Universal representation campaigns are part of the larger immigrants’ rights movement and should be grounded in shared values and goals. From the outset, coalition members should have an understanding of core allies’ other advocacy priorities. Key stakeholders may be working to advance other long-standing pro-immigrant policy goals—such as abolishing detention, eliminating collaboration between immigration authorities and local law enforcement, workers’ rights, or equal access to driver's licenses—and will want to gauge how and when to prioritize resources for universal representation without compromising momentum on other initiatives. Assessing the viability and timing of a universal representation campaign will depend on this broader understanding, something that will strengthen the effort by aligning interests from the start.

With few exceptions, building a grassroots effort led by those who are most impacted—in working toward any immigration policy goal—will help build power in the community and lay the groundwork for future campaigns. Advocates for universal representation can promote the critical importance of legal counsel while recognizing opportunities for collaboration with movements that also seek to foster due process and achieve other justice-related goals.

Because many political leaders on the local level have committed to protecting immigrant communities, it is important to think strategically and long term about how to make the most of opportunities to bring about broader change. Some advocates who have successfully demonstrated the harmful, inequitable, and often insurmountable repercussions of detention—on individuals, families, and communities—have made two demands: they have called for local funding for deportation defense and an end to local governments’ contracts with Immigration and Customs Enforcement to house detainees.[]Cindy Knoebel, “Detention Abolition & Universal Representation Share Common Goal,” IMM Print: A Project of Freedom for Immigrants, February 7, 2019, https://perma.cc/67GR-T826. These are complementary and important goals that are potentially difficult to achieve contemporaneously in the same jurisdiction.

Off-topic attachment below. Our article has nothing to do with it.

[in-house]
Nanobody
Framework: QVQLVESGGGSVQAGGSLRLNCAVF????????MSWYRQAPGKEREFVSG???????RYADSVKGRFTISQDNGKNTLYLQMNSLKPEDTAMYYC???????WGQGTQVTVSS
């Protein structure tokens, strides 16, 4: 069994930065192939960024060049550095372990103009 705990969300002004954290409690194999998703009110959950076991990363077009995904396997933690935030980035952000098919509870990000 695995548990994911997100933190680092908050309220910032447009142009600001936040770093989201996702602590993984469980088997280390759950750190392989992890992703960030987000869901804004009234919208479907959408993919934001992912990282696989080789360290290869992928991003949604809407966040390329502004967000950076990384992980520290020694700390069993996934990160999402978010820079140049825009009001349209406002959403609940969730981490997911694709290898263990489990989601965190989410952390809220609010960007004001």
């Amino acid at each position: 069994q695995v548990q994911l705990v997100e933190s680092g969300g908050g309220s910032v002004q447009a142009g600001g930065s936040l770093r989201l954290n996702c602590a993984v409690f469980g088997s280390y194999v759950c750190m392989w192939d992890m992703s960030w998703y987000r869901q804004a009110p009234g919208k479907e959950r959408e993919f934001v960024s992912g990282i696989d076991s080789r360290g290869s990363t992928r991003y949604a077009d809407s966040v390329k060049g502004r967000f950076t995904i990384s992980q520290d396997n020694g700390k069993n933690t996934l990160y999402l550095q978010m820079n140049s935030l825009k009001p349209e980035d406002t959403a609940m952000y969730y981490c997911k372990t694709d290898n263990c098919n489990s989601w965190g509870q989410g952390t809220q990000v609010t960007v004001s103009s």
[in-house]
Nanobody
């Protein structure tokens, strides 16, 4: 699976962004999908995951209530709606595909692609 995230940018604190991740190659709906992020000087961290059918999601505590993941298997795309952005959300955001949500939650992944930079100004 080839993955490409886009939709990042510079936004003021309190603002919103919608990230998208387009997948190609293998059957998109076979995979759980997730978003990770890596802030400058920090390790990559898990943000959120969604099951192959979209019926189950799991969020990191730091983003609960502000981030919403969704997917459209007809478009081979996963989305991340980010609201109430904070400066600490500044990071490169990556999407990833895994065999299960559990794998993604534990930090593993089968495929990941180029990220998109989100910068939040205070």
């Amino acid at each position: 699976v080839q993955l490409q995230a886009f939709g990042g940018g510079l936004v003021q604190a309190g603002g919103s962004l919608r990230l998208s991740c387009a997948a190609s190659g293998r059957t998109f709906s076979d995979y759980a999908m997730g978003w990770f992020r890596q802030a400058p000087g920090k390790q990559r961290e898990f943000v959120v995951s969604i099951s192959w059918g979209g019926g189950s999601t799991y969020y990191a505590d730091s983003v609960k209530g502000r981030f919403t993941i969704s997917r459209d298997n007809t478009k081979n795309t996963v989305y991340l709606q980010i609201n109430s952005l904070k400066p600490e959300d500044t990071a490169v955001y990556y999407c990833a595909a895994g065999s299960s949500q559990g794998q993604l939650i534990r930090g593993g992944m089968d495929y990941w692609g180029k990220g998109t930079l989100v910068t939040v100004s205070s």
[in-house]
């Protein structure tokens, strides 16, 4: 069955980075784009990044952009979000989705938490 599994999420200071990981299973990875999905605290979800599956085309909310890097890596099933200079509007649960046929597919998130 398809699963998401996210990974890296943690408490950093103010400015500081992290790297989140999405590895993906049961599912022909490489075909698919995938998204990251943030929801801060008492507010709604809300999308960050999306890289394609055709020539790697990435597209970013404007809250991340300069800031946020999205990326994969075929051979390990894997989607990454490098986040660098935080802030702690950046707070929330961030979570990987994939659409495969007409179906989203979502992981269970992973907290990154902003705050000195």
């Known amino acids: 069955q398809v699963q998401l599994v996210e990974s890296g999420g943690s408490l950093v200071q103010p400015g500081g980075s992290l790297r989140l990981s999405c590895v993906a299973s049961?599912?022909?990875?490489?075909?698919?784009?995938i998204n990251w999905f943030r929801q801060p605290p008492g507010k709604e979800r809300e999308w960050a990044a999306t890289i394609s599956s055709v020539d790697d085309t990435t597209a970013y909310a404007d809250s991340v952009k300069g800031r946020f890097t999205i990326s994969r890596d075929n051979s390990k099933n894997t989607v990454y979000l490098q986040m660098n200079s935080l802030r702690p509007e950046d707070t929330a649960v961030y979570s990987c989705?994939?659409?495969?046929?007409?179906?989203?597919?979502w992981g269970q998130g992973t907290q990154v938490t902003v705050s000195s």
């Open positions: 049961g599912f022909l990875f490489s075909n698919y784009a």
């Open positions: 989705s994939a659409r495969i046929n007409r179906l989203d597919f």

Although there is no one-size-fits-all solution to this dilemma, local coalitions working toward each objective should maintain open dialogue with one another, commit to taking direction from those most directly impacted, have clear decision-making processes in place, and work to find areas of alignment. Consider framing universal representation not only as an end goal in and of itself, but also as an important short- or medium-term objective to help achieve the longer-term goal of ending detention. For example, because legal representation is so strongly associated with high court-appearance rates, a system of genuine universal representation may help significantly reduce or entirely eliminate the perceived need for immigration detention.[]Berberich and Siulc, Why Does Representation Matter?, 2018, 2.

Ultimately, it is best to coordinate the fights to abolish immigration detention and to guarantee universal representation at the local, state, and national levels. The collective struggle for immigrants’ rights should strive to honor and achieve the visions of both movements, resulting in the right to counsel for immigrants facing deportation and the end of detention altogether. Achieving these outcomes can help shape an immigration system that is grounded in values of fairness and human dignity. The shared goal is to end an unjust mass enforcement and incarceration system.

Identifying the best path forward in jurisdictions with intersecting campaigns for immigration reform

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